He could try to put his proposal before voters in 2018 to coincide with the next governor’s race. … Because Leno will soon be termed out of office, he will not be able to reintroduce the legislation.
Leno’s bill was opposed by cop unions and their supporters. No surprise there, but check out what a representative of the Police Officers Research Association said about this latest idea, according to KQED:
“Several law enforcement lobbying organizations opposed his bill. Leaders of the Peace Officers Research Association, a labor group representing police officers, said the proposal would harm public safety and allow criminals to publicly attack the reputation of good police officers.”
The American Bar Association has given Merrick Garland a perfect score, its highest possible rating as a prospective Supreme Court Justice. The superlatives coming from the group are unbelievable.To describe the ABA's endorsement as glowing would be an understatement.
“He may be the perfect human being,” one anonymous legal professional told the ABA in evaluating Garland's integrity.
“He will fit in so perfectly on the Supreme Court,” another evaluation raved. In keeping with the "perfect" theme, other lawyers praised his "perfect temperament" and described him as a "perfectionist in his written work." The ABA's endorsement was based on confidential interviews of private practice lawyers, law professors, and state and federal judges.
So of course the Republicans don't believe it. Or at least are pretending like they don't. They remain committed to this blockade. There is no nominee they'd accept, because it's not about the nominee. It's about thwarting this president. For that, they should pay dearly in November.
Emily's List and Planned Parenthood released a new ad Thursday that takes on GOP Sen. Pat Toomey for his votes last year to defund Planned Parenthood and shut down the government. The GOP votes were all part of the effort to deprive the women’s health organization of federal funding following the release of misleading videos by conservative anti-abortion activists. Lisa Hagen reports:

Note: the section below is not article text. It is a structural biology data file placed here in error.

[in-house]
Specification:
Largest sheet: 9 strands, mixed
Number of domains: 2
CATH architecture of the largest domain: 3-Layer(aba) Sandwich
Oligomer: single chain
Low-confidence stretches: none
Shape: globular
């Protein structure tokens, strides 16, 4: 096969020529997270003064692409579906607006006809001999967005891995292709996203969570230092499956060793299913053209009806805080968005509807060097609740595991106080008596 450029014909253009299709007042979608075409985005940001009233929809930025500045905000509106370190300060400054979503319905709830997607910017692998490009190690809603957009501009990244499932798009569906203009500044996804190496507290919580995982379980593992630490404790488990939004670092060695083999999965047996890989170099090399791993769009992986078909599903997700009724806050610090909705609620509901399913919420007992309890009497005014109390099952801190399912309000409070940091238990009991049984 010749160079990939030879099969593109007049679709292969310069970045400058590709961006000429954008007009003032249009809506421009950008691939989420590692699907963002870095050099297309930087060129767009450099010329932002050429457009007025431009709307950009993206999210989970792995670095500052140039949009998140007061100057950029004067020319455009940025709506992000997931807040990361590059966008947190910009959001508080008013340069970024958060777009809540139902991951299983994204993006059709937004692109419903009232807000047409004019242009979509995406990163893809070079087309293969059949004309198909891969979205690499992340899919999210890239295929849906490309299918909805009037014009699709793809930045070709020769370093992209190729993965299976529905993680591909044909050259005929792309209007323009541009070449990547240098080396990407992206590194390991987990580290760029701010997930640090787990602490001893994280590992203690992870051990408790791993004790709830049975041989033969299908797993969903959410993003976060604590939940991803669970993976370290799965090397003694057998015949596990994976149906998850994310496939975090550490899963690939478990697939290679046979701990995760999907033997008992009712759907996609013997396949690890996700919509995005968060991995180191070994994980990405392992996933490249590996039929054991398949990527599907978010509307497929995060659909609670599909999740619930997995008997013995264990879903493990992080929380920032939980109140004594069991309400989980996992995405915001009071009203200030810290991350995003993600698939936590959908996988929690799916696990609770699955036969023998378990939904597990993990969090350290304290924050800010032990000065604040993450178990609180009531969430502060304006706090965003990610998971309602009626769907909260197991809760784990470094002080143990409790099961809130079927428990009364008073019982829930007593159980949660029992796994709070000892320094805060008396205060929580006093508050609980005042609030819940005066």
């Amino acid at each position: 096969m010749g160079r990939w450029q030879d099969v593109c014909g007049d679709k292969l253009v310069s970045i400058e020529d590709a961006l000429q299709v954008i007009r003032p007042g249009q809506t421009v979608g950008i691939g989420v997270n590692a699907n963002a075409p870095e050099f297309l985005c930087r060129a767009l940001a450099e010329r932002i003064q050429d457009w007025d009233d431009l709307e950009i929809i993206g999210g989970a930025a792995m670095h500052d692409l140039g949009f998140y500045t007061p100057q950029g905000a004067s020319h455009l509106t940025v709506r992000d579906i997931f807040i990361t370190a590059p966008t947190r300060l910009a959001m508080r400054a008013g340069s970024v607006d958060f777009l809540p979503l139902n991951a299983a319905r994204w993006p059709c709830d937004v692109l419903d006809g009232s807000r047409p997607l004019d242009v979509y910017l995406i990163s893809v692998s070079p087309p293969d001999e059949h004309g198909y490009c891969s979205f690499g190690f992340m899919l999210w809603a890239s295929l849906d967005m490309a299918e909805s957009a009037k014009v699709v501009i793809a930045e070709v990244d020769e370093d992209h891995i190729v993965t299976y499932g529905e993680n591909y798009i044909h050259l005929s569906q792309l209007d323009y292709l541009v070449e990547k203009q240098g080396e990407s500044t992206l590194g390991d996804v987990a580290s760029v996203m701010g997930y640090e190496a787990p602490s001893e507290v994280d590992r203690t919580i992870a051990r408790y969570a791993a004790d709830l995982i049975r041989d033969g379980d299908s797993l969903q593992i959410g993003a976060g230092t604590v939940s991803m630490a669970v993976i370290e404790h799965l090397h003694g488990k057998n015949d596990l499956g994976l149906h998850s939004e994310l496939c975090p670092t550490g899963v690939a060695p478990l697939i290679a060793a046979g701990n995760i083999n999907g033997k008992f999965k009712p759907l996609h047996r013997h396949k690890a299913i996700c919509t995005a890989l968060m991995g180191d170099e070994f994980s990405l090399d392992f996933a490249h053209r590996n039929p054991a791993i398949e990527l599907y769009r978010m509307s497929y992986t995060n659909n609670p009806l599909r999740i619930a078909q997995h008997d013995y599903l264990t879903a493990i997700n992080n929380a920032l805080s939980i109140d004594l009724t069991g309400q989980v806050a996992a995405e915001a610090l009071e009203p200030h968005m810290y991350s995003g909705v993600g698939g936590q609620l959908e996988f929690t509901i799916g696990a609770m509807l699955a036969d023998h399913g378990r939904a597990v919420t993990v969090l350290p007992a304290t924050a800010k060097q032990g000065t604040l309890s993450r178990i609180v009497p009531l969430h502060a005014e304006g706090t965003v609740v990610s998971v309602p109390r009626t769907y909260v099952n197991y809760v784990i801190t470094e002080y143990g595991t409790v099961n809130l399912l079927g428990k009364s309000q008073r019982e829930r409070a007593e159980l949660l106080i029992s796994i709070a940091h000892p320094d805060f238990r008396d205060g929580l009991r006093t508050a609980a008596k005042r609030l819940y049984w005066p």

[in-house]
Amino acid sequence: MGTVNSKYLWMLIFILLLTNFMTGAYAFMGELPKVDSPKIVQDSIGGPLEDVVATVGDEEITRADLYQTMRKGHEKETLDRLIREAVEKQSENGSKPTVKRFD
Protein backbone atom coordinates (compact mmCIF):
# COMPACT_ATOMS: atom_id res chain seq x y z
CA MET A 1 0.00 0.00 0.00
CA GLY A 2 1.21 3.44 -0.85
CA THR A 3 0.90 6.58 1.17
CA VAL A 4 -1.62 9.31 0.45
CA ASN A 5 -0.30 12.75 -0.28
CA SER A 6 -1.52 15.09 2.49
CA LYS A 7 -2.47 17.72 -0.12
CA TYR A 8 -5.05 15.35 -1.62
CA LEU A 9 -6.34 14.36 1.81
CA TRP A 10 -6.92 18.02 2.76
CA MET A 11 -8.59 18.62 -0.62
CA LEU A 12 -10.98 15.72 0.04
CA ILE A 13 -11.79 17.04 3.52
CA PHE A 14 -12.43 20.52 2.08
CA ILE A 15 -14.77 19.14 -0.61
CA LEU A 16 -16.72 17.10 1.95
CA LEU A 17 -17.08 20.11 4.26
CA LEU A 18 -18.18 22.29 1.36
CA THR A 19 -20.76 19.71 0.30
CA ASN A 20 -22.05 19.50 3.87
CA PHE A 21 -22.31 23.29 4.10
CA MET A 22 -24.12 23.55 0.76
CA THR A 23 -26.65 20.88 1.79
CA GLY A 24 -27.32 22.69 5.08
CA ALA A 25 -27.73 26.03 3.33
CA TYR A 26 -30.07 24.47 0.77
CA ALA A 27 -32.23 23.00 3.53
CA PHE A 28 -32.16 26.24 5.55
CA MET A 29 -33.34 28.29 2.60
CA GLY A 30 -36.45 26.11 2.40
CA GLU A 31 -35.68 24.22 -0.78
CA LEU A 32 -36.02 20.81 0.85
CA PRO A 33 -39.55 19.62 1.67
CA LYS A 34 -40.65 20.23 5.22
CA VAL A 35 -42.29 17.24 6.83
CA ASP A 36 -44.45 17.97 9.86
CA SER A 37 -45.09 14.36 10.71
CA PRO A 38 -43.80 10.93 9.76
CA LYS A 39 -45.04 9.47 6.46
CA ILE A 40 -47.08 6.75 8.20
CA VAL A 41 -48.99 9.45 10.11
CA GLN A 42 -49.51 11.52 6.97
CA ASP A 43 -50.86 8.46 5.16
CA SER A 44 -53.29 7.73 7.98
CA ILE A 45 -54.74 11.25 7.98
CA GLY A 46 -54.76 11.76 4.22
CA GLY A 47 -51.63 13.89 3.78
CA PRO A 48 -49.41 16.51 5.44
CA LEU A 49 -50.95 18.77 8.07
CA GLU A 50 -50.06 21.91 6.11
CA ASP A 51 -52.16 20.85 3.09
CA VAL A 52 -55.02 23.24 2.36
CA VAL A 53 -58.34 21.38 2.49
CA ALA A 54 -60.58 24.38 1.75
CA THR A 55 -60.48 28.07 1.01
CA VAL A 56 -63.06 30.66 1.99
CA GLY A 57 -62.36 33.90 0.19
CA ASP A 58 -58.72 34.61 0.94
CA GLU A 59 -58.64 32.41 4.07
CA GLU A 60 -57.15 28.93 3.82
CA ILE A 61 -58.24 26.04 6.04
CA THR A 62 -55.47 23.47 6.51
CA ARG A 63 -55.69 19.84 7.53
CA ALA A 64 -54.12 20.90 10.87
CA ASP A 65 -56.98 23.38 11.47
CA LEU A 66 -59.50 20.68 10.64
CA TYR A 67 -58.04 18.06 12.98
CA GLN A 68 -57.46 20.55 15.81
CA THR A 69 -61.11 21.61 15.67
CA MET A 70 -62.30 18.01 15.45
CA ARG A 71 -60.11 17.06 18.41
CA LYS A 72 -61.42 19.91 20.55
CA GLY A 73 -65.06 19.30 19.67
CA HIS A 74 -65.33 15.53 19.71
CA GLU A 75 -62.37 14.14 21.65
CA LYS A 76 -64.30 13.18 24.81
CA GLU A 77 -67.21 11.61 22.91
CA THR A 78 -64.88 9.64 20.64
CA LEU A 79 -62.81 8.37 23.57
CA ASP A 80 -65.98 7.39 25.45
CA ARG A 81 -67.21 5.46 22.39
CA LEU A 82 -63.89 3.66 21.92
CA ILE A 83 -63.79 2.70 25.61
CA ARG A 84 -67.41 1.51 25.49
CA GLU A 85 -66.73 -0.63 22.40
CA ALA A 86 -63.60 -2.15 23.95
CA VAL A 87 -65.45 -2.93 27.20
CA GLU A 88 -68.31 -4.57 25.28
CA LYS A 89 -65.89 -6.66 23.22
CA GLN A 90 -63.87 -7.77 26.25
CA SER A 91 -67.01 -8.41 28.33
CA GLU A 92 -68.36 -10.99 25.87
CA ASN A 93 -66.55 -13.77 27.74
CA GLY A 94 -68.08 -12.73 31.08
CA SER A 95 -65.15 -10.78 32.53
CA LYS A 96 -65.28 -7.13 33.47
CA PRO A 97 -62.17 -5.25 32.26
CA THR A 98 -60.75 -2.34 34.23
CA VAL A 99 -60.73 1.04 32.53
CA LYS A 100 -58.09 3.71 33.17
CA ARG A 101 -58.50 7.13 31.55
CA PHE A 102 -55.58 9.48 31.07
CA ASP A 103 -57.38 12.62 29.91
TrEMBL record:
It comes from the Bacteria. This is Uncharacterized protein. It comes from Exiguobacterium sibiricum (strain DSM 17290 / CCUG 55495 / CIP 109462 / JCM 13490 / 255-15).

The ad buy from Emily's List is $1.1 million, and its TV spot will air on broadcast and cable in the Philadelphia media market. Planned Parenthood Votes & Action Fund’s $250,000 ad buy is a digital ad that will also run in Philadelphia. The ads will run from Thursday until July 13.
The 30-second TV spot, titled “Alive,” features Mary Lou Magyarits, a breast cancer survivor from Pennsylvania, who highlights the importance of screenings to detect cancer early. She said she was “outraged” by Toomey’s Planned Parenthood vote.
Watch the video below.
Look out, Sen. Richard Burr. Democrat Deborah Ross is nipping at your heels. From Public Policy Polling:We continue to find him with just a narrow lead over Deborah Ross for reelection—40/37, with Libertarian Sean Haugh at 5%. The overall state of the race remains steady—Burr is unpopular, with only 30% of voters approving of the job he's doing to 40% who disapprove. That makes voters open to a change. But Ross is currently unknown with 62% of voters having no opinion about her one way or another. They're open to the possibility of replacing Burr but don't know enough about Ross yet to decide if they think she would be an upgrade.
“Richard Burr’s the most vulnerable Republican Senator that no one’s talking about,” said Dean Debnam, President of Public Policy Polling. “His numbers aren’t any better than those of folks like Pat Toomey and Rob Portman who are widely accepted to be facing tough reelections.”
That puts Ross within the 3.2 percent margin of error in this poll. Helping Ross, PPP says, are a couple of things: Strong support for gun measures in the state, as well as opposition to the Republicans' Supreme Court blockade. According to this poll, 85 percent of voters support background checks on all gun purchases, and 81 percent support closing the terror gap. "It's very rare," the polling memo says, "to see such strong bipartisan support on any contentious issue." What's more, "North Carolinians also support an assault weapons ban, 52/34."
Fifty-six percent think there should be hearings on Merrick Garland's nomination, and 19 percent say they're less likely to vote for a candidate who's opposed to having hearings. Oh, and one other thing—73 percent of the voters want the minimum wage increased to at least $10 an hour. Richard Burr, needless to say, is on the wrong side of his constituency on these pretty darned key issues.
House Minority Leader Nancy Pelosi, clearly exhausted from lack of sleep, was unsparing Thursday in her assessment of the Republican majority's response to the Democratic sit-in for gun safety.